London Spy

Sinclair brothers set to make history

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Scott Sinclair trains with England U21s in 2011 (Reuters)

Scott and Martin Sinclair are set to become the first brothers to play football in the Olympic and Paralympic Games in the same year.

Swansea City striker Scott, 23, will represent Great Britain at the London Games, which kick off in a week's time.

And later next month, his older brother Martin, 26, will feature for the Paralympic team, ensuring the Sinclair name goes into the record books.

"The Olympics is so big, I never ever dreamt that me and my brother would be part of the same games," Scott said ahead of Friday's warm-up game against Brazil in Middlesbrough.

"It's an amazing achievement for both of us and for our family as well. Hopefully we can both go all the way and each win a gold medal."

Eight years ago, a seemingly innocuous accident left Martin confined to a wheelchair for over three years after doctors misdiagnosed what they thought was a minor muscle problem.

"I came down a play slide and landed on my hip," said Martin, who was already suffering from cerebral palsy.

"I broke it, but my doctors misdiagnosed it. They said it was a pulled ligament. But the ball and socket had come out and gone right up my backside. They never X-rayed me or nothing. That put me out of action for years."

But, inspired by Scott and his other brother Jake - now 17 and currently impressing at Southampton's academy - Martin managed not only to get out his wheelchair but also to start playing football again.

"Watching Scott and Jake play football kept me going," Martin said. "I'd one week go see one of them play, next week the other.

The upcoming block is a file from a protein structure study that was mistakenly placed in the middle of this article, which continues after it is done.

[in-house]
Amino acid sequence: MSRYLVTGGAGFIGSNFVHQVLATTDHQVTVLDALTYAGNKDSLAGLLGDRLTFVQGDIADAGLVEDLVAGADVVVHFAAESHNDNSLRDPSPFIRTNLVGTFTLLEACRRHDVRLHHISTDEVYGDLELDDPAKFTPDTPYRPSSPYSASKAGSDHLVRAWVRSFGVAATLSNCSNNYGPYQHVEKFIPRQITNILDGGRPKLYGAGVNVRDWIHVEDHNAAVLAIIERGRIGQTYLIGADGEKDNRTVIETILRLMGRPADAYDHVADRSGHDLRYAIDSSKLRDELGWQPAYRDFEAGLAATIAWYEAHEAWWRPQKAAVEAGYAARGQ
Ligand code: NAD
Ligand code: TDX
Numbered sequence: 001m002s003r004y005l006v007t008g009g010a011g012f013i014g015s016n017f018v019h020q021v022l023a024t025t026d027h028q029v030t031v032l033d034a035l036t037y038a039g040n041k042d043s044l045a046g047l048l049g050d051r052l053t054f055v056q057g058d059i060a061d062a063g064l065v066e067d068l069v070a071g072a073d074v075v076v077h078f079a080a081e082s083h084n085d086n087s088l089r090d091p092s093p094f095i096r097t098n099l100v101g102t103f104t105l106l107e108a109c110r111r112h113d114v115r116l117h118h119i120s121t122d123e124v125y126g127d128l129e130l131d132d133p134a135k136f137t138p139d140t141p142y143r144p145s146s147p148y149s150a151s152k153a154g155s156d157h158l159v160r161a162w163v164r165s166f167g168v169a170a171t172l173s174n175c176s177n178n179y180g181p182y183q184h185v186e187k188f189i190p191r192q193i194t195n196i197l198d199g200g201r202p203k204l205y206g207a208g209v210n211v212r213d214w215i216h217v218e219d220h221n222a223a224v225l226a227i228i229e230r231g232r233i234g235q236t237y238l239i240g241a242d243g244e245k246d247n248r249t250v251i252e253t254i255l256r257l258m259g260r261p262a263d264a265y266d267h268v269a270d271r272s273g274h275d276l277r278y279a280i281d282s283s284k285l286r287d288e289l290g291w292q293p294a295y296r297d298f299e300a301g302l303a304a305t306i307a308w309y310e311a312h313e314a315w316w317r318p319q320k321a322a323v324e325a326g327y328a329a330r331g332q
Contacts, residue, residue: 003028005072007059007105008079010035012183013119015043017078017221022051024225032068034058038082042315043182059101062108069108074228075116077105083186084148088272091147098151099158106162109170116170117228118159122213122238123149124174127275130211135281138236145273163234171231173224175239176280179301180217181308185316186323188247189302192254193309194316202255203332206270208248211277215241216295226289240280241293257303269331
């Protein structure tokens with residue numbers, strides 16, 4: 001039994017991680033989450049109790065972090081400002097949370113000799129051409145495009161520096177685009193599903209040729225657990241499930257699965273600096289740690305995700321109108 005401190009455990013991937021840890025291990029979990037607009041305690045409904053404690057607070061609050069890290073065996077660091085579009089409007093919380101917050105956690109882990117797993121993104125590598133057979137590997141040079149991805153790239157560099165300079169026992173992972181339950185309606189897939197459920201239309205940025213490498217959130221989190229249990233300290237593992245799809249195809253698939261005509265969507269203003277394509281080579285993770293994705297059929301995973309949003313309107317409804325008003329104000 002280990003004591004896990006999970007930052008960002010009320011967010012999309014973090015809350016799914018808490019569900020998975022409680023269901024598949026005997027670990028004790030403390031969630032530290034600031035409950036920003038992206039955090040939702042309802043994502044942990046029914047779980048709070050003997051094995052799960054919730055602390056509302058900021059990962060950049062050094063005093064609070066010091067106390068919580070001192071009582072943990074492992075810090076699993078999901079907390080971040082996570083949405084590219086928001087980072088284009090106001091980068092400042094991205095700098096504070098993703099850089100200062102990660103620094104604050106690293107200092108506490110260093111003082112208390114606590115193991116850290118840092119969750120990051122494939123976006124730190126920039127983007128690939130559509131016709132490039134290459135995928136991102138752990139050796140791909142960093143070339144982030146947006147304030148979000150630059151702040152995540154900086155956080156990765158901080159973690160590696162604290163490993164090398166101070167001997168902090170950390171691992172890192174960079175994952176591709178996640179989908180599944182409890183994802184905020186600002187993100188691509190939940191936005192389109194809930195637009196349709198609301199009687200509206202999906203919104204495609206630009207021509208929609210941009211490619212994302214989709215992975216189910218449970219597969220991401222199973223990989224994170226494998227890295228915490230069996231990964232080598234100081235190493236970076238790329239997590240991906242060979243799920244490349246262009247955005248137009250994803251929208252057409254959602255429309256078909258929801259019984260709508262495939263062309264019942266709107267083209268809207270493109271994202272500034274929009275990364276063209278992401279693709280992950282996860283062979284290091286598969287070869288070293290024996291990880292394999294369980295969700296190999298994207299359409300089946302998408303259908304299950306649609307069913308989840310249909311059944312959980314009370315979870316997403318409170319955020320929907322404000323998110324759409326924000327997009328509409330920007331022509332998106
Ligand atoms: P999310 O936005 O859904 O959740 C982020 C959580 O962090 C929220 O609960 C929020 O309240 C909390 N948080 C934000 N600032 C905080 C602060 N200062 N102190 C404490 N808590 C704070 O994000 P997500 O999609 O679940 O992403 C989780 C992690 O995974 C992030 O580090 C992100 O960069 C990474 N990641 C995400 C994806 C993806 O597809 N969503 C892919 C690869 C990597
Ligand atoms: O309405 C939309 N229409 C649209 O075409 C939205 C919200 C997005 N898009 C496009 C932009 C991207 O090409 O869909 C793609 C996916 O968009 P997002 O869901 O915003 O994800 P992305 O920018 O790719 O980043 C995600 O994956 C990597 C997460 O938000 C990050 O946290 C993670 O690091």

"I never gave up on the dream of playing myself. When I was in the wheelchair I had family around me who never looked at the negative. That's what kept me going and smiling.

"I was in constant pain but I had to battle through it and keep smiling. Eventually I was supposed to have an operation on my hand.

"When I went into hospital in a wheelchair they decided to X-ray my hip as well. I had a hip replacement at 21 so in total I was in and out of hospital for eight years and I was in a wheelchair for three and a half years."

To this day he remains philosophical.

"But everything happens for a reason. Had I not broken my hip, I probably wouldn't be in the Team GB Paralympic football team."

Martin's path to the Olympics began when he signed up for a local disability team after then Plymouth Argyle boss Ian Holloway - Scott was on loan at Home Park - had given him a job on the club's community programme.

He starred for the team in his first season and soon attracted attention from the England management. It did not take him long to win his first cap and go on to establish himself on the international scene.

The culmination of years of hard work and dedication through incredibly difficult times comes next month - and there will no one more proud to see him take to the field wearing a Team GB shirt than his brother.

"I'm more proud of him (than he is of me). Definitely," said Scott. "He's been through so much in his life. Being misdiagnosed by the doctors then being in a wheelchair for three years after breaking his hip was a lot to go through.

"But he still managed to battle through it. He's had a tough time. And now he's here." Best of all, with his brother alongside him."

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